Your Ultimate Guide to Handling Fevers in Children: Tips and Care

Fever in Kids"

All kids get a fever from time to time. Usually, a fever isn’t dangerous or harmful. In fact, it can be beneficial because it helps the immune system fight infection. Still, parents often feel unsure about how to handle a fever at home and when to call the doctor. Here are some tips.

What Is a Fever (High Temperature)?

A fever generally means a body temperature of 100.4°F (38°C) or higher. Different methods of measuring temperature—rectal, armpit, ear, forehead, mouth—yield slightly different numbers, so the threshold for fever varies slightly as well.

What Causes Fever (High Temperature)?

Fevers in kids are usually caused by infections. A fever helps the body by stimulating the immune system to combat the infection, and the higher temperature can make it harder for germs to grow. Other reasons for a fever include:

  • Overdressing: Infants, especially newborns, may develop fevers if they’re overdressed, wrapped in blankets, or in a hot environment. Because newborns don’t regulate their body temperature well, any fever should be checked by a doctor.
  • Immunizations: Sometimes, babies and kids develop a mild fever for about a day after getting vaccinated.
  • Teething: A slight rise in body temperature may occur, but a temperature higher than 100°F (37.8°C) is probably not due to teething.

When Is a Fever a Sign of Something Serious?

Fever in Kids"

For most healthy kids who are acting normally, a fever isn’t serious. However, a fever can be serious for:

  • Infants younger than 3 months: A rectal temperature of 100.4°F (38°C) or higher requires immediate medical attention.
  • Kids with certain health conditions: If your child has an ongoing health issue, consult your doctor to know when to call for a fever.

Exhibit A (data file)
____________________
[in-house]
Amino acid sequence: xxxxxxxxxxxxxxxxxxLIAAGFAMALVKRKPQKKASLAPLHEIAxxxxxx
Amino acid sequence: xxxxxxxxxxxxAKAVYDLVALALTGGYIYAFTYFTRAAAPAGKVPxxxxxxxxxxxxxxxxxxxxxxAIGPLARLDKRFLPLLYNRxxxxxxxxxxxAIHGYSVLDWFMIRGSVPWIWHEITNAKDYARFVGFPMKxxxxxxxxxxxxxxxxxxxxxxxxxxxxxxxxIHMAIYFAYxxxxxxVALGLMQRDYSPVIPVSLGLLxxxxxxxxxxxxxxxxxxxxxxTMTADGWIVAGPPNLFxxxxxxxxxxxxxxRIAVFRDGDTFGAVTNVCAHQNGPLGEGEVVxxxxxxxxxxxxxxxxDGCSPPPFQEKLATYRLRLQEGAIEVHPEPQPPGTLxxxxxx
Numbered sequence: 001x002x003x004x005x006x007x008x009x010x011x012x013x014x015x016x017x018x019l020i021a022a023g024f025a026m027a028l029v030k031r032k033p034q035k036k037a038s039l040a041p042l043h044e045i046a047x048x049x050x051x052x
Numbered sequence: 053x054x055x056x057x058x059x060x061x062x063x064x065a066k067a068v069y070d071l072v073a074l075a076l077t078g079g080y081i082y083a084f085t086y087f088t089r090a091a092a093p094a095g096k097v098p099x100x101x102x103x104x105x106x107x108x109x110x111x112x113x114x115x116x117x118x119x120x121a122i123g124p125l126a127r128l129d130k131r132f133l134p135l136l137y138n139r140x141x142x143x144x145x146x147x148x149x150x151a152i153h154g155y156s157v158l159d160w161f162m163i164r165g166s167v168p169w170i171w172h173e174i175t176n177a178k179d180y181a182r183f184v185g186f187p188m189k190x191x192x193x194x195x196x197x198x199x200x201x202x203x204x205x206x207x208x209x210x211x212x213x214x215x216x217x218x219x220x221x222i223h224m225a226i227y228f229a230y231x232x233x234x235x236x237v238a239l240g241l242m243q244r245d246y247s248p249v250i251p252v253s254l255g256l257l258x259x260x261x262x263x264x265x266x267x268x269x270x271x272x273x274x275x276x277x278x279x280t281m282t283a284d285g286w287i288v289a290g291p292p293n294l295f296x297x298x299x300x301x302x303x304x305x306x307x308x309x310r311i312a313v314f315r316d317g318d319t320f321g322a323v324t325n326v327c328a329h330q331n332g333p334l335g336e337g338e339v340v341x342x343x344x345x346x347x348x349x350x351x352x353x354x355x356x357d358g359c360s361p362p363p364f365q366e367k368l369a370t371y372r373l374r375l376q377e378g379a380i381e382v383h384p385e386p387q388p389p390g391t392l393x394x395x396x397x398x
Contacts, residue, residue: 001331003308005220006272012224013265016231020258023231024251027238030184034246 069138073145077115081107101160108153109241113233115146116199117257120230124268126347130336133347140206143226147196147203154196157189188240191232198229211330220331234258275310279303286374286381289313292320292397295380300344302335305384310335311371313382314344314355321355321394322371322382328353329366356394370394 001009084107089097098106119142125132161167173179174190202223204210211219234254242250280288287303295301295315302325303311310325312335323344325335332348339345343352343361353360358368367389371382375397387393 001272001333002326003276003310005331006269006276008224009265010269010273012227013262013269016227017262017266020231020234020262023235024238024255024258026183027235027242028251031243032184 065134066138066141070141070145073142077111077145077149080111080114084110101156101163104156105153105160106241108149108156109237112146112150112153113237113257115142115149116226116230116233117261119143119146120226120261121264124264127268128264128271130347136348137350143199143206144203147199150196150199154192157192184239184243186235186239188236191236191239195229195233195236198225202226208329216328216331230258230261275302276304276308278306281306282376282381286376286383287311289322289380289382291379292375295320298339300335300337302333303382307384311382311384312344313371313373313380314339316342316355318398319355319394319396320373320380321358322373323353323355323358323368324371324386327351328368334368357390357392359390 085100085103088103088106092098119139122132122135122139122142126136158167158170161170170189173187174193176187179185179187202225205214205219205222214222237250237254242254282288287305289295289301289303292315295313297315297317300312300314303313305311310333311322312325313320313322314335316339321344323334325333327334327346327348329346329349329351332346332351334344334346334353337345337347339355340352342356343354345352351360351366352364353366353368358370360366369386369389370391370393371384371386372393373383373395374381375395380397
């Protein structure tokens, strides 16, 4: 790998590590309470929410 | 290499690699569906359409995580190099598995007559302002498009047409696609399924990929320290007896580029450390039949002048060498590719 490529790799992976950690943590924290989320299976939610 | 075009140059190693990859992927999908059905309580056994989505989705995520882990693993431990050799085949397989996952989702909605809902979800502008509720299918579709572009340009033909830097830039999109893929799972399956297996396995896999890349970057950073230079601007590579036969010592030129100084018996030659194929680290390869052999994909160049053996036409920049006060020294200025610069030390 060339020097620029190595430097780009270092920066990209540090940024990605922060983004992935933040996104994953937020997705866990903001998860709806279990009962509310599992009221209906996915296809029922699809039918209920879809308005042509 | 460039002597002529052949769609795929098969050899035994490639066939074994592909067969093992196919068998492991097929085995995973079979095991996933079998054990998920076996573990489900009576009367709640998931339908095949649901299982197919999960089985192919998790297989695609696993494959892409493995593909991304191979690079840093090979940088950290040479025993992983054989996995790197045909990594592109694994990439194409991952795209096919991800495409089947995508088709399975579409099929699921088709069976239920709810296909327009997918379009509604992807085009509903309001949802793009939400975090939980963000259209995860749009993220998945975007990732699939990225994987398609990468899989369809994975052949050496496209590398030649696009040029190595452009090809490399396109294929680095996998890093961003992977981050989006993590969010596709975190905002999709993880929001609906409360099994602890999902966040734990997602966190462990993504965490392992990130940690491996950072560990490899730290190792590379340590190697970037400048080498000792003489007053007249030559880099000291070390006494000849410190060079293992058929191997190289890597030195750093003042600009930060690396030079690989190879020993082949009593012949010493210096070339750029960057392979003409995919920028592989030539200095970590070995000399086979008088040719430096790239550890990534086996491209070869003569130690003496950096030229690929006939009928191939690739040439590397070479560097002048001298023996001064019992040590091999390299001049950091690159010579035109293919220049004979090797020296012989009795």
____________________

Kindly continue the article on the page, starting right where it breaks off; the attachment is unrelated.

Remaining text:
A fever is probably not serious if your child is 3 months or older and:

  • Is still interested in playing
  • Is drinking well
  • Is alert and smiling
  • Has a normal skin color
  • Looks well when the temperature goes down

What Are the Signs of a Fever?

Kids with a fever might:

  • Feel warm
  • Act differently (fussy, cranky, or quieter than usual)
  • Breathe faster or have a faster heart rate
  • Have a headache
  • Experience chills or sweating
  • Have red or flushed skin

To confirm a fever, use a digital thermometer. The best methods are:

  • For kids 3 years old and younger: Rectal temperature
  • For kids 4 or older who can cooperate: Oral temperature
  • For any age: Armpit (axillary) and temporal artery (forehead) are easiest but less accurate. Tympanic (ear) is okay for kids 6 months and older.

A child has a fever when the temperature is at or above these levels:

  • Rectal, tympanic, or temporal artery: 100.4°F (38°C)
  • Oral: 100°F (37.8°C)
  • Axillary: 99°F (37.2°C)

Treating a Fever: How Can I Help My Child Feel Better?

No treatment is needed if your child is playing and drinking normally and doesn’t have pain. Only use medicine if the fever causes discomfort or prevents drinking.

Home Care Measures


If your child is uncomfortable or not drinking fluids well, you can give:

  • Acetaminophen (Tylenol or store brand)